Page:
Review by Snow Dragon

"A blob with no life story"

Smart Ball, known as Jerry Boy in Japan, starts out in the American version as just dumping a blob into your standard initial grassy valley level, with no apparent background as to why you are here. You are just a blob who can pick up red balls that bloom from flowers on the ground, and then you can hurl your nucleus at enemies to inflict damage. Even if there is no clearly given reason why you are doing this, just remember that this is the American version of the game. If you beat it, you will eventually see what is going on. Play the Japanese game for clarity and a little bit (okay, a lot) less befuddlement.

In short, the basic plot from the Japanese game of the version: you're the prince of a kingdom about to go on to be king. Your brother Tom (you're Jerry - catch the pun?) is jealous and hires a sorcerer to capture the princess and turn you into a helpless puddle of goo. The sorcerer does just this, and you must now traverse sixteen formulaic levels to rescue her and regain your rightful throne.

The graphics are about as 1991 as the Super Nintendo gets, this being one of those rare titles from that year of its release to the States. It probably could have been done on the Nintendo with slightly watered down effects and graphics, but the game would have remained essentially the same. Music is fairly upbeat and catchy in open areas, and is appropriately deep and eerie in darker circumstances. It should do, unless you have music on CD that you like better than this stuff, like I and most Earth citizens do. But unlike most games of this primitive Super Nintendo epoch, the music is tolerable and sometimes even fun to listen to. Graphics leave something to be desired, but the Super Nintendo was new in '91, and basically anything there was impressive to just about anyone.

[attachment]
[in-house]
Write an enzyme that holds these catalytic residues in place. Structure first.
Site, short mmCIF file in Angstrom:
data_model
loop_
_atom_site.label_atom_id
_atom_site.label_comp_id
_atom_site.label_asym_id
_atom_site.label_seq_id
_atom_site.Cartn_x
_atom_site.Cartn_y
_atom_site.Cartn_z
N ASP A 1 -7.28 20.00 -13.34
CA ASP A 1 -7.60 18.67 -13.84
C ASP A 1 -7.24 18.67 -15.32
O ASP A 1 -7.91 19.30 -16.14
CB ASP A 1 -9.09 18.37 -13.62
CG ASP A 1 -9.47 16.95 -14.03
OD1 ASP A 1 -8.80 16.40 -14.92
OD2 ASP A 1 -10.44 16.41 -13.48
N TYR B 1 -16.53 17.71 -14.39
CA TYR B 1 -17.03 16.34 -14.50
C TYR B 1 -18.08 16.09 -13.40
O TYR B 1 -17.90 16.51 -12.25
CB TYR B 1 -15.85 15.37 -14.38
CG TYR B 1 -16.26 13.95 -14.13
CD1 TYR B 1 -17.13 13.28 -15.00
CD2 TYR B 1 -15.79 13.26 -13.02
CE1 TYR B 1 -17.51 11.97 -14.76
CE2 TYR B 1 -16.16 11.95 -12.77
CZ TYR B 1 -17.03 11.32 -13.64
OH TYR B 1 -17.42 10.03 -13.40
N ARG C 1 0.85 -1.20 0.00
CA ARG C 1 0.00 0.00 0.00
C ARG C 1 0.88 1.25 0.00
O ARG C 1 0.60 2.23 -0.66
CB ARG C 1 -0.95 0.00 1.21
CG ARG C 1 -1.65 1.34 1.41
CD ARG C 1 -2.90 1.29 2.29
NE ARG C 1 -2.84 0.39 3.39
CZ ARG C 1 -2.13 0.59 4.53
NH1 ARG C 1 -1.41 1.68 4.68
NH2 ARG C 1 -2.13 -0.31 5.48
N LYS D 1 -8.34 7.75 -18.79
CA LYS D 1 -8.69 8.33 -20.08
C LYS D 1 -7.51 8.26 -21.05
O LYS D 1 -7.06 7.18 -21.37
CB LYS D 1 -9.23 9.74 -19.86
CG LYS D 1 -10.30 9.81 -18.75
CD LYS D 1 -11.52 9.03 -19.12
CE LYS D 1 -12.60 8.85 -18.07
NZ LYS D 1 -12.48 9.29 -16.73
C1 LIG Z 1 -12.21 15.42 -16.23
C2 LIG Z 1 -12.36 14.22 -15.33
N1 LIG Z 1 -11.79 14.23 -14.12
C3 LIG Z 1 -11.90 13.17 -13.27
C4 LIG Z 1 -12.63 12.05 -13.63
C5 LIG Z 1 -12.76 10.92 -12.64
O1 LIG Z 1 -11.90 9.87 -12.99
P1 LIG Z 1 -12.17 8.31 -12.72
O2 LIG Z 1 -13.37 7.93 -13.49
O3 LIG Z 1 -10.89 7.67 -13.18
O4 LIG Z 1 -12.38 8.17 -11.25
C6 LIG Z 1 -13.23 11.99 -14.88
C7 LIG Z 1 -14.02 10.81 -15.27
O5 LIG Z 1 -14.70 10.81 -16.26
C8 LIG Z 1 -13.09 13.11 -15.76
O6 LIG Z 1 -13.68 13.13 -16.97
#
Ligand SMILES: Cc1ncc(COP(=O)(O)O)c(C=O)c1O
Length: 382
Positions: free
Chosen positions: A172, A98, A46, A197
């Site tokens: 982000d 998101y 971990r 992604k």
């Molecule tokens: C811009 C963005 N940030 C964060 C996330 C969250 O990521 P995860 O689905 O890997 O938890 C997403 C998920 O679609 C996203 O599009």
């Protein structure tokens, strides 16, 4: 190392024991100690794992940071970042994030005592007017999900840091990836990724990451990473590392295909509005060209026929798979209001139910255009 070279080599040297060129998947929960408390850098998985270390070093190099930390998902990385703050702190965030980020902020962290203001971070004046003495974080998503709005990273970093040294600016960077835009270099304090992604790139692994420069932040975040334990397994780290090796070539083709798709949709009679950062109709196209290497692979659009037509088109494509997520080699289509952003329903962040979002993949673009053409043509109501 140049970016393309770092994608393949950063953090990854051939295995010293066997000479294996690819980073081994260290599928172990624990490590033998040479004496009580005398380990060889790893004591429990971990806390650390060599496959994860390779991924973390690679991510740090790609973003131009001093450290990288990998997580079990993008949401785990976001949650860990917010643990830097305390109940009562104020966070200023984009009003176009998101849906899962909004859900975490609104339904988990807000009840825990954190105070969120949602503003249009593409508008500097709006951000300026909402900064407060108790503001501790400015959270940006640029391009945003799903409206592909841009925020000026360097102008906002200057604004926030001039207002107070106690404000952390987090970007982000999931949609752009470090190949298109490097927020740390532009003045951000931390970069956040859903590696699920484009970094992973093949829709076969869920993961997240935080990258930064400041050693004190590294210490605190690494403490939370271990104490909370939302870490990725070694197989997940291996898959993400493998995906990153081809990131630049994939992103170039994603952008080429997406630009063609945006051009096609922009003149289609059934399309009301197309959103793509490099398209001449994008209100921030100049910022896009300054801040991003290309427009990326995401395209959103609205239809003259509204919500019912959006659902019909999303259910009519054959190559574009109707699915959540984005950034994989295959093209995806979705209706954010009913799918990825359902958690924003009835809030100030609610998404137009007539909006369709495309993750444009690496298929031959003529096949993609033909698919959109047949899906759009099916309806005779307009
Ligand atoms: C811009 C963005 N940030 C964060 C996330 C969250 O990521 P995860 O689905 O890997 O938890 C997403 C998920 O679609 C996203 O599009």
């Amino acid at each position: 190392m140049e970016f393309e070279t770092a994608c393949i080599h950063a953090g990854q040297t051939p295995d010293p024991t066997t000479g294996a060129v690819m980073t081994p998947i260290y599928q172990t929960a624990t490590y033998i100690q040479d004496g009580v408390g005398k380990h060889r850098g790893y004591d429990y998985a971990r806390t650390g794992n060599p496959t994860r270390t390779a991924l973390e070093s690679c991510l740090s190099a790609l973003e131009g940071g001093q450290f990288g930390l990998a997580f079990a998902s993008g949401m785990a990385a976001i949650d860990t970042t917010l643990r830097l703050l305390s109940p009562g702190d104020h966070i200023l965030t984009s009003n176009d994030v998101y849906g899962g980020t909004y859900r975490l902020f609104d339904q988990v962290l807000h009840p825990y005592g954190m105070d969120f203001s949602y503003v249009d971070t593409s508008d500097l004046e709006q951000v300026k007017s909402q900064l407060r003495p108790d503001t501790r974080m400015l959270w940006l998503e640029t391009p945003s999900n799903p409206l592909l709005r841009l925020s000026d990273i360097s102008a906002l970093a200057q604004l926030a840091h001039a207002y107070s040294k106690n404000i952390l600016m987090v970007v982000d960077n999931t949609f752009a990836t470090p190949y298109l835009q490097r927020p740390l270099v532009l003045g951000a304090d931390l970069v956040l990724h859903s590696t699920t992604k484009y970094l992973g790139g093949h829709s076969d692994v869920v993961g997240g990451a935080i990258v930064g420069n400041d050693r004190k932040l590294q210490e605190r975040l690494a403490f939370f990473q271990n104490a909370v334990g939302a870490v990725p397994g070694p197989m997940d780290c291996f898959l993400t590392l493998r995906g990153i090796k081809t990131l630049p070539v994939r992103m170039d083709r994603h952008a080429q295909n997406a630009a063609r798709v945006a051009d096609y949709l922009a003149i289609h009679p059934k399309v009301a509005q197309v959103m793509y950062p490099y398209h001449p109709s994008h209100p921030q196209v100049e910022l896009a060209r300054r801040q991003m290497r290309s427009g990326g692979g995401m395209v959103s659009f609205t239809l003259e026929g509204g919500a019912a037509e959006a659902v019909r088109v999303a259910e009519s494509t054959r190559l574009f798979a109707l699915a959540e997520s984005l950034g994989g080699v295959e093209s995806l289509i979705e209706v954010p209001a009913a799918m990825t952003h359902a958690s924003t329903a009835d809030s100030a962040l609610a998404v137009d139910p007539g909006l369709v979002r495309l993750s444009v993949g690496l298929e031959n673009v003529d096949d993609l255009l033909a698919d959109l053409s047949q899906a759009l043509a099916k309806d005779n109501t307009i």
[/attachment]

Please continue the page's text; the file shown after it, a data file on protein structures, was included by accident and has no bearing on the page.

Control requires a bit of your time to learn, but the terrain of the first level is set up so that you can give yourself a bit of a tutorial session if that is in fact what you need. In this title of yore, combinations of buttons were needed to stick your pile of pudding protagonist to a wall and maneuver along it, and controls when defying gravity were actually direction-sensitive, meaning Up led you up, Right was the only way you could go right, etc. This lent a bit of challenge to the game and made you think about how to get along some of the trickier walls.

Investment of time in this game depends on how willing you are to play a game where the hero is a defenseless goo pile and he's out to rescue his princess girl who has met a similar fate. The graphics and sound shouldn't be enough to discourage you, and if you're attracted to weird titles like this one, you will dive right into Smart Ball/Jerry Boy. I liked it because I had seen it a long time ago and rediscovered it through the miracle of emulation. Maybe you can do the same. Who knows.

Score: 5


Reviewer's Score: 5/10 | Originally Posted: 01/28/02, Updated 01/28/02


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